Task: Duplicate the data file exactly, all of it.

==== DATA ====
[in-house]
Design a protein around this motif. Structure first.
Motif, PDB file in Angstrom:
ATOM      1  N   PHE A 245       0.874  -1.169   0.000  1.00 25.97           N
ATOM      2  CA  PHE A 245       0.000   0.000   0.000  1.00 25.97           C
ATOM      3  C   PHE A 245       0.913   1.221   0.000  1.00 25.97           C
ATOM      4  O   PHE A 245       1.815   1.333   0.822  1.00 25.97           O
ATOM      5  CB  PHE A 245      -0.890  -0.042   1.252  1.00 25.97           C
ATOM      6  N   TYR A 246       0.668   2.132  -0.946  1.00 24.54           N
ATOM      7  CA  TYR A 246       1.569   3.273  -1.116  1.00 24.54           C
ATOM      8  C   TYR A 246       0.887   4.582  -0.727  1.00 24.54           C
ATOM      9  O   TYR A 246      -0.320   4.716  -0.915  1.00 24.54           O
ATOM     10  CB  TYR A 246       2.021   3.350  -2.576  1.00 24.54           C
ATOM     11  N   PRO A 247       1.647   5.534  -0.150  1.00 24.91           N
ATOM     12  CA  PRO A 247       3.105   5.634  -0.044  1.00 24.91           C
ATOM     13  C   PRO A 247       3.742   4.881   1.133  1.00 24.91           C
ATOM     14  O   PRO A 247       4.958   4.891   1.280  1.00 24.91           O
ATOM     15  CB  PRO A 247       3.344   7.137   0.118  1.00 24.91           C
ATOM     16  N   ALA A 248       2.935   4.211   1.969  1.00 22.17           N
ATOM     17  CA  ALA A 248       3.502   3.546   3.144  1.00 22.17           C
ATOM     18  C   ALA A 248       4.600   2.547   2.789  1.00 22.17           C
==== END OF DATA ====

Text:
[in-house]
Design a protein around this motif. Structure first.
Motif, PDB file in Angstrom:
ATOM      1  N   PHE A 245       0.874  -1.169   0.000  1.00 25.97           N
ATOM      2  CA  PHE A 245       0.000   0.000   0.000  1.00 25.97           C
ATOM      3  C   PHE A 245       0.913   1.221   0.000  1.00 25.97           C
ATOM      4  O   PHE A 245       1.815   1.333   0.822  1.00 25.97           O
ATOM      5  CB  PHE A 245      -0.890  -0.042   1.252  1.00 25.97           C
ATOM      6  N   TYR A 246       0.668   2.132  -0.946  1.00 24.54           N
ATOM      7  CA  TYR A 246       1.569   3.273  -1.116  1.00 24.54           C
ATOM      8  C   TYR A 246       0.887   4.582  -0.727  1.00 24.54           C
ATOM      9  O   TYR A 246      -0.320   4.716  -0.915  1.00 24.54           O
ATOM     10  CB  TYR A 246       2.021   3.350  -2.576  1.00 24.54           C
ATOM     11  N   PRO A 247       1.647   5.534  -0.150  1.00 24.91           N
ATOM     12  CA  PRO A 247       3.105   5.634  -0.044  1.00 24.91           C
ATOM     13  C   PRO A 247       3.742   4.881   1.133  1.00 24.91           C
ATOM     14  O   PRO A 247       4.958   4.891   1.280  1.00 24.91           O
ATOM     15  CB  PRO A 247       3.344   7.137   0.118  1.00 24.91           C
ATOM     16  N   ALA A 248       2.935   4.211   1.969  1.00 22.17           N
ATOM     17  CA  ALA A 248       3.502   3.546   3.144  1.00 22.17           C
ATOM     18  C   ALA A 248       4.600   2.547   2.789  1.00 22.17           C